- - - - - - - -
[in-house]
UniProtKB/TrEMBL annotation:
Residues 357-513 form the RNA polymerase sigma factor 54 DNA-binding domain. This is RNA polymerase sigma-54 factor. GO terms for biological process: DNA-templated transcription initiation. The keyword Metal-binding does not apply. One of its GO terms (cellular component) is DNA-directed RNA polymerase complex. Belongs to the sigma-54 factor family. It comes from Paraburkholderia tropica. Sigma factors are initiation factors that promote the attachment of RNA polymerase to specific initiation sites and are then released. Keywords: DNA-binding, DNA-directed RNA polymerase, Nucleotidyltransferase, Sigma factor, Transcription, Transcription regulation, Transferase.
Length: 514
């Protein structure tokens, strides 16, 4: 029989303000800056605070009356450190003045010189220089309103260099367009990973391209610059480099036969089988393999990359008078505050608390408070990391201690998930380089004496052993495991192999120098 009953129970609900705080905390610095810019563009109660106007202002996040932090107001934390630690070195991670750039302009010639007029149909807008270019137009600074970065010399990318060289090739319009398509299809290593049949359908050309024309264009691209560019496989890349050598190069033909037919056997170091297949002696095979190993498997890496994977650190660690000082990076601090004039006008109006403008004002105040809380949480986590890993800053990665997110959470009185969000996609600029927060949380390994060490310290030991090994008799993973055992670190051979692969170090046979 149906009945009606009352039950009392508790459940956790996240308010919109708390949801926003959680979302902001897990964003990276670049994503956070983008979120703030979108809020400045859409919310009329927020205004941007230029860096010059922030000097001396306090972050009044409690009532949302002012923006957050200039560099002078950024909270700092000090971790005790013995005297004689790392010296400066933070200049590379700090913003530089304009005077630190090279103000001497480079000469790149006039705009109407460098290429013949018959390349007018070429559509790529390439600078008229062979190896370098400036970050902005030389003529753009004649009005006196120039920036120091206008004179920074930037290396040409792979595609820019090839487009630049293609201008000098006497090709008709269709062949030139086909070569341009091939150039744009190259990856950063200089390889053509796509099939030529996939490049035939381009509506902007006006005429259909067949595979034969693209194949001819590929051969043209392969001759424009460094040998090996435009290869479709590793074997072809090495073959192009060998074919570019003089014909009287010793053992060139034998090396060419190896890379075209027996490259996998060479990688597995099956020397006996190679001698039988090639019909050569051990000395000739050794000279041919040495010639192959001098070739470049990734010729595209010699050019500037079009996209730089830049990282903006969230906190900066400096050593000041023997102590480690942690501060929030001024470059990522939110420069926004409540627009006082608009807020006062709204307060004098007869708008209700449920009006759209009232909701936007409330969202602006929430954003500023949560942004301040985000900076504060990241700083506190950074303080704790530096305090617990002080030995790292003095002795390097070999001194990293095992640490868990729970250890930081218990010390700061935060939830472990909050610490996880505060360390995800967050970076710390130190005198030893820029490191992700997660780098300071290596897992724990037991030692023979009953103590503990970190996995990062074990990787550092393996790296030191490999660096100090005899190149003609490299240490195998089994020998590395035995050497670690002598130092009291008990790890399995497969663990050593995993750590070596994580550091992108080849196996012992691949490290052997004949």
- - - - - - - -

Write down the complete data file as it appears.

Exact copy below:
[in-house]
UniProtKB/TrEMBL annotation:
Residues 357-513 form the RNA polymerase sigma factor 54 DNA-binding domain. This is RNA polymerase sigma-54 factor. GO terms for biological process: DNA-templated transcription initiation. The keyword Metal-binding does not apply. One of its GO terms (cellular component) is DNA-directed RNA polymerase complex. Belongs to the sigma-54 factor family. It comes from Paraburkholderia tropica. Sigma factors are initiation factors that promote the attachment of RNA polymerase to specific initiation sites and are then released. Keywords: DNA-binding, DNA-directed RNA polymerase, Nucleotidyltransferase, Sigma factor, Transcription, Transcription regulation, Transferase.
Length: 514
């Protein structure tokens, strides 16, 4: 029989303000800056605070009356450190003045010189220089309103260099367009990973391209610059480099036969089988393999990359008078505050608390408070990391201690998930380089004496052993495991192999120098 009953129970609900705080905390610095810019563009109660106007202002996040932090107001934390630690070195991670750039302009010639007029149909807008270019137009600074970065010399990318060289090739319009398509299809290593049949359908050309024309264009691209560019496989890349050598190069033909037919056997170091297949002696095979190993498997890496994977650190660690000082990076601090004039006008109006403008004002105040809380949480986590890993800053990665997110959470009185969000996609600029927060949380390994060490310290030991090994008799993973055992670190051979692969170090046979 149906009945009606009352039950009392508790459940956790996240308010919109708390949801926003959680979302902001897990964003990276670049994503956070983008979120703030979108809020400045859409919310009329927020205004941007230029860096010059922030000097001396306090972050009044409690009532949302002012923006957050200039560099002078950024909270700092000090971790005790013995005297004689790392010296400066933070200049590379700090913003530089304009005077630190090279103000001497480079000469790149006039705009109407460098290429013949018959390349007018070429559509790529390439600078008229062979190896370098400036970050902005030389003529753009004649009005006196120039920036120091206008004179920074930037290396040409792979595609820019090839487009630049293609201008000098006497090709008709269709062949030139086909070569341009091939150039744009190259990856950063200089390889053509796509099939030529996939490049035939381009509506902007006006005429259909067949595979034969693209194949001819590929051969043209392969001759424009460094040998090996435009290869479709590793074997072809090495073959192009060998074919570019003089014909009287010793053992060139034998090396060419190896890379075209027996490259996998060479990688597995099956020397006996190679001698039988090639019909050569051990000395000739050794000279041919040495010639192959001098070739470049990734010729595209010699050019500037079009996209730089830049990282903006969230906190900066400096050593000041023997102590480690942690501060929030001024470059990522939110420069926004409540627009006082608009807020006062709204307060004098007869708008209700449920009006759209009232909701936007409330969202602006929430954003500023949560942004301040985000900076504060990241700083506190950074303080704790530096305090617990002080030995790292003095002795390097070999001194990293095992640490868990729970250890930081218990010390700061935060939830472990909050610490996880505060360390995800967050970076710390130190005198030893820029490191992700997660780098300071290596897992724990037991030692023979009953103590503990970190996995990062074990990787550092393996790296030191490999660096100090005899190149003609490299240490195998089994020998590395035995050497670690002598130092009291008990790890399995497969663990050593995993750590070596994580550091992108080849196996012992691949490290052997004949």